Loving despite betrayal

Loving despite betrayal

John 13:21-33, 36-38. One of you will betray me

Looking at the story of Jesus as a narrative of love, the “plot twist” or the “tension” in the story seems to be: can love still reign despite betrayal?

In a sense, betrayal is heartache of heartaches, and it can be construed as the other end of the spectrum when we talk about faith, love, and trust. In the face of suffering and multiple forms of betrayal throughout the Old and New Testament, we get to appreciate the many faces of love — charity, justice, mercy, and so on.

If we view the Bible as a love story depicted in many contexts, we get to appreciate love’s multiple manifestations. It can be an initial impulse or feeling. It can be a solution to break the cycle of generational revenge. It may be hard to understand in a context like Job’s, where his inquiry both challenges and deepens his love for God. It can also be God Incarnate, manifested through Jesus being both God and human.

In a sense, the new commandment of love is a great way to live a life filled with uncertainty and fallibility. Humans have inherent limits, and the concept of love can both simplify how to live life yet provide the most profound meaning. Love requires creativity — how can we still “love” our enemies and our betrayers? How can we still dignify them as persons? We will have to undertake our own journey with love as a sort of “general guiding framework”. We’ll have to pay attention to our experiences, intelligently gain insights on how we apprehend love in our own context, and judge in complex situations how love can reign supreme despite all the the sin that surrounds us.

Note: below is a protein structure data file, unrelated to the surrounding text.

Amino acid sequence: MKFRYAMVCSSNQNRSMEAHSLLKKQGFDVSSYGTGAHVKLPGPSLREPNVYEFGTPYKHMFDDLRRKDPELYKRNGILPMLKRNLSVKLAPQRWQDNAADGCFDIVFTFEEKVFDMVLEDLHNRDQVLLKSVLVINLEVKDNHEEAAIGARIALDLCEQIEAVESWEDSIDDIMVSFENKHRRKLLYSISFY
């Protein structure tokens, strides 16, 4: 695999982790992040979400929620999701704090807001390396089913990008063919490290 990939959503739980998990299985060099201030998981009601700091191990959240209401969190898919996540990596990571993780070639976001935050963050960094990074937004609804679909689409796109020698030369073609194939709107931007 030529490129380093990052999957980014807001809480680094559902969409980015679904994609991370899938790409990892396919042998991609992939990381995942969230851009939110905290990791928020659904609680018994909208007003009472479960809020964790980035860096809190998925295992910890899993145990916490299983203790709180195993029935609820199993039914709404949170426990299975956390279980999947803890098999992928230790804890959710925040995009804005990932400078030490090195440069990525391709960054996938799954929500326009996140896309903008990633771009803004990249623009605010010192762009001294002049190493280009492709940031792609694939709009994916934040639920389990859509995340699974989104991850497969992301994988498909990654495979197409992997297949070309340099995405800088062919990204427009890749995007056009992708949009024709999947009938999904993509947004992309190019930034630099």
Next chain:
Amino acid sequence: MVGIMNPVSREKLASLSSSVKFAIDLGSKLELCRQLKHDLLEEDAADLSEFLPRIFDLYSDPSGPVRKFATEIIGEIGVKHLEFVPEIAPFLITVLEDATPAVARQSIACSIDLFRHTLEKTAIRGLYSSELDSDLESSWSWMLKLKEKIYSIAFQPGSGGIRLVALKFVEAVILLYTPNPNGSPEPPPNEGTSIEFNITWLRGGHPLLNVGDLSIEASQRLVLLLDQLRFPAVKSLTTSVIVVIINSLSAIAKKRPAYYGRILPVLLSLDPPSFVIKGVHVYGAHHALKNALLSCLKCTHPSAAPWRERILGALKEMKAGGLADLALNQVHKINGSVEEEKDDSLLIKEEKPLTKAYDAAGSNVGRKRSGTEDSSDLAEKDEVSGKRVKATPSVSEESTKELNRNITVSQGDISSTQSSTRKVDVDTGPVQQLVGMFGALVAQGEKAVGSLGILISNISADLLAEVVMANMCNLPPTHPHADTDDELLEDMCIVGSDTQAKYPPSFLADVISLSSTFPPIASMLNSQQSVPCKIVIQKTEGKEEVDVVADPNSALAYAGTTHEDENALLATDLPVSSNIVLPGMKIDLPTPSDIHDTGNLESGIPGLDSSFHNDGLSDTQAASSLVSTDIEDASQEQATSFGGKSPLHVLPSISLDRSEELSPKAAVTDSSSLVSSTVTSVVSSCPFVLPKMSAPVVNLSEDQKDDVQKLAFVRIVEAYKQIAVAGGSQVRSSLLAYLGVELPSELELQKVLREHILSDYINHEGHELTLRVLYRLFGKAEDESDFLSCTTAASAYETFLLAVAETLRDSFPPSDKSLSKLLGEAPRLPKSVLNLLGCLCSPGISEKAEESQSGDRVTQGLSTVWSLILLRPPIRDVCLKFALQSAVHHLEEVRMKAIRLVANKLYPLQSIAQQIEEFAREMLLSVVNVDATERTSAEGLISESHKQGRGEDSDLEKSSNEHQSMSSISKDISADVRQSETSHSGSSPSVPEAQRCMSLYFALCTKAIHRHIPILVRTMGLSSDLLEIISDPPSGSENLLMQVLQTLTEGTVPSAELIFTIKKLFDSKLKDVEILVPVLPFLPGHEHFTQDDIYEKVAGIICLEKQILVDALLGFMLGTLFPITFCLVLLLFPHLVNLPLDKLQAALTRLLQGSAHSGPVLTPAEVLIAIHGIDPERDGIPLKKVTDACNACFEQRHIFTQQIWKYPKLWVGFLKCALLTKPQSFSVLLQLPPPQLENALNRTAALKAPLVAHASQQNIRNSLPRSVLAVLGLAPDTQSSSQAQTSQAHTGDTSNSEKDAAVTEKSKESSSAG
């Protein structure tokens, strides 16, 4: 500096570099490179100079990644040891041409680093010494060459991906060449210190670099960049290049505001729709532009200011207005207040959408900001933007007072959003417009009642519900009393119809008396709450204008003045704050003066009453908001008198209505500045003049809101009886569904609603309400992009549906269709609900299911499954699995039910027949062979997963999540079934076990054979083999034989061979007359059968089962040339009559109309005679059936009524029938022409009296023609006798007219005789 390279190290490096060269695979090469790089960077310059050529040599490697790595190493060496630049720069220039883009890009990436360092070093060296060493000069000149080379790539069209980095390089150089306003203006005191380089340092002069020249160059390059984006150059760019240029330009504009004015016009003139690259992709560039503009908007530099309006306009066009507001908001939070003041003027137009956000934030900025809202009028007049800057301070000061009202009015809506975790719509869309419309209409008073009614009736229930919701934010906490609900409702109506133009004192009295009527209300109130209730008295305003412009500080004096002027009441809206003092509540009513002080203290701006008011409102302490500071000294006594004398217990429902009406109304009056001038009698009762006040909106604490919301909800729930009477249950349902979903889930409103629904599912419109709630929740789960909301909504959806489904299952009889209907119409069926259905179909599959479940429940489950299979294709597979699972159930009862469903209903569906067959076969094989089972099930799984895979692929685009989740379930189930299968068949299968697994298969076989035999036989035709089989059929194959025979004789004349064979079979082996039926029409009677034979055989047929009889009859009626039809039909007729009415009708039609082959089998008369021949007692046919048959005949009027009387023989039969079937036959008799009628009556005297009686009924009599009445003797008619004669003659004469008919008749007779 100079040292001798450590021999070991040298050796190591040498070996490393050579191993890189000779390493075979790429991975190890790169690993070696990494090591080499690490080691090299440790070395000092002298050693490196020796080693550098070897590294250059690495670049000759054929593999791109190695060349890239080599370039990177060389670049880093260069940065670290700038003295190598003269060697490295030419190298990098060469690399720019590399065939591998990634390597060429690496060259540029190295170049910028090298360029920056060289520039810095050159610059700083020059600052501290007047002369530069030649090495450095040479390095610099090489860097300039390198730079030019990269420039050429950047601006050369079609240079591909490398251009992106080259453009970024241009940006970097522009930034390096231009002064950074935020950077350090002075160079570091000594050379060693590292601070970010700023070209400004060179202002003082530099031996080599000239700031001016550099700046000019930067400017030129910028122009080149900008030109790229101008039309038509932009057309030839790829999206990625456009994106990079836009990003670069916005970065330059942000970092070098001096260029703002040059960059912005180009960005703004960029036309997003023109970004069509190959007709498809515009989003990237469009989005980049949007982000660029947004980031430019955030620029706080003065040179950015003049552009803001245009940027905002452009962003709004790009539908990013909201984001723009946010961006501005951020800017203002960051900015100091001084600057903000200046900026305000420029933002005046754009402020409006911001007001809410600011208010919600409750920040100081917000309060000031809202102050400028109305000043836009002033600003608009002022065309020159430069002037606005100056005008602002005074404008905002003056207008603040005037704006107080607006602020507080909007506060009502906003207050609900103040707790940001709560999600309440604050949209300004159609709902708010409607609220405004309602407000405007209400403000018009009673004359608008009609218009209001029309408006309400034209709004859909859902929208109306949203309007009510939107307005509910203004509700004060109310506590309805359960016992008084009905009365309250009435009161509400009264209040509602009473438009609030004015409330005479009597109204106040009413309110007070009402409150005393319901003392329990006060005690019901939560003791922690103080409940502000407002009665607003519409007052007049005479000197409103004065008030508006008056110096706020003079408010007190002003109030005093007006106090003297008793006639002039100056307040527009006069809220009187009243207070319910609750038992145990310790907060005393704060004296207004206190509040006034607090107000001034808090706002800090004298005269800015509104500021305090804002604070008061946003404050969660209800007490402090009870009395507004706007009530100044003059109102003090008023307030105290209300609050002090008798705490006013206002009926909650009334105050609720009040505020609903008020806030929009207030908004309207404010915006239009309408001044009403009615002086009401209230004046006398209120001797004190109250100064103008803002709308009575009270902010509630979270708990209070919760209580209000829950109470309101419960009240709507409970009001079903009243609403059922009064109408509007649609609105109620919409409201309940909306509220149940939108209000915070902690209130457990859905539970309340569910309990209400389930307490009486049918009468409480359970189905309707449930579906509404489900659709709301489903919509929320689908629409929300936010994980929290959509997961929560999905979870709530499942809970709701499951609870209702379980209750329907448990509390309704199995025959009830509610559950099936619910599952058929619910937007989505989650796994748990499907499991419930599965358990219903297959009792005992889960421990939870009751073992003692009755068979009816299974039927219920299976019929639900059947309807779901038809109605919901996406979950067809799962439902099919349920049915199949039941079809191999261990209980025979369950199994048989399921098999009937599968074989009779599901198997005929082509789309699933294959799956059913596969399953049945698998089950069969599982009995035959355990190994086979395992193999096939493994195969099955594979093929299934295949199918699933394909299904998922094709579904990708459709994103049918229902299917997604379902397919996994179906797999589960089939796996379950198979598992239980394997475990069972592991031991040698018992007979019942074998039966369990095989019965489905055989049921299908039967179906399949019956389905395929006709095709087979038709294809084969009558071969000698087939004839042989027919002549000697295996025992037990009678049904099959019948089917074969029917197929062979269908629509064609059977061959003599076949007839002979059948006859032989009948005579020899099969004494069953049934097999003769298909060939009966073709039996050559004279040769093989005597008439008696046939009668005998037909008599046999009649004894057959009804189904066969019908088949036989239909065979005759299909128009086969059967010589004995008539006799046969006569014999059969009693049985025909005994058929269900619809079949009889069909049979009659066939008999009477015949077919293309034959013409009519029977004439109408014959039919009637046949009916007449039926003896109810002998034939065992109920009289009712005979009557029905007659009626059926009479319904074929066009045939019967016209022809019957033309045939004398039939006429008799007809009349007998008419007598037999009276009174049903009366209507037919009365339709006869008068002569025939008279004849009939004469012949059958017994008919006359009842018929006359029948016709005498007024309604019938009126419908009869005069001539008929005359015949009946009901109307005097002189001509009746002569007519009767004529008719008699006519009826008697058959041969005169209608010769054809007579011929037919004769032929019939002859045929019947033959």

Personally, even if the next generation of scholars, philosophers, and theologians somehow prove that Jesus is not God, it will not really matter to me. If the resurrection turns out to be fiction, does it really change the moral and message of the gospels and the parables? It’s only through faith and divine revelation that we can get a transcendent understanding of God and the divine.

But in a pragmatic and real-life sense, Jesus the human seems to sufficiently provide a “blueprint” of how to live a life of love despite sin, despite heartbreak, and despite betrayal.


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